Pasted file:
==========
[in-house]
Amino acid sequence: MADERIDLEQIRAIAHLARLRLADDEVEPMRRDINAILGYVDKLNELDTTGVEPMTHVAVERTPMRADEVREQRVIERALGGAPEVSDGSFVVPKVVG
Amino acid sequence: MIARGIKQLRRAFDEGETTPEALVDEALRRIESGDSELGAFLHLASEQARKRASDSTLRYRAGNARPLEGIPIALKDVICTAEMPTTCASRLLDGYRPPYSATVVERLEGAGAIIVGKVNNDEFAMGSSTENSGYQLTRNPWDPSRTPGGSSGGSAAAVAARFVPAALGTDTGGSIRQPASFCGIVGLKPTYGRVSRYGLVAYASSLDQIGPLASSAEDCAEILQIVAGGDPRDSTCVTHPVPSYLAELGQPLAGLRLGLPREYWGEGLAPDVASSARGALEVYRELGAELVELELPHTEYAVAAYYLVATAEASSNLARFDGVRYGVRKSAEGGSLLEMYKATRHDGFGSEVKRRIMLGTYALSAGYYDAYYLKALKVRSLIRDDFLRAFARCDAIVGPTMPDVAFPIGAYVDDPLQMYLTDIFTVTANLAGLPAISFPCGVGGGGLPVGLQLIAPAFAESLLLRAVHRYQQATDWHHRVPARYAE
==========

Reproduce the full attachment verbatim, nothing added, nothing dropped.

[in-house]
Amino acid sequence: MADERIDLEQIRAIAHLARLRLADDEVEPMRRDINAILGYVDKLNELDTTGVEPMTHVAVERTPMRADEVREQRVIERALGGAPEVSDGSFVVPKVVG
Amino acid sequence: MIARGIKQLRRAFDEGETTPEALVDEALRRIESGDSELGAFLHLASEQARKRASDSTLRYRAGNARPLEGIPIALKDVICTAEMPTTCASRLLDGYRPPYSATVVERLEGAGAIIVGKVNNDEFAMGSSTENSGYQLTRNPWDPSRTPGGSSGGSAAAVAARFVPAALGTDTGGSIRQPASFCGIVGLKPTYGRVSRYGLVAYASSLDQIGPLASSAEDCAEILQIVAGGDPRDSTCVTHPVPSYLAELGQPLAGLRLGLPREYWGEGLAPDVASSARGALEVYRELGAELVELELPHTEYAVAAYYLVATAEASSNLARFDGVRYGVRKSAEGGSLLEMYKATRHDGFGSEVKRRIMLGTYALSAGYYDAYYLKALKVRSLIRDDFLRAFARCDAIVGPTMPDVAFPIGAYVDDPLQMYLTDIFTVTANLAGLPAISFPCGVGGGGLPVGLQLIAPAFAESLLLRAVHRYQQATDWHHRVPARYAE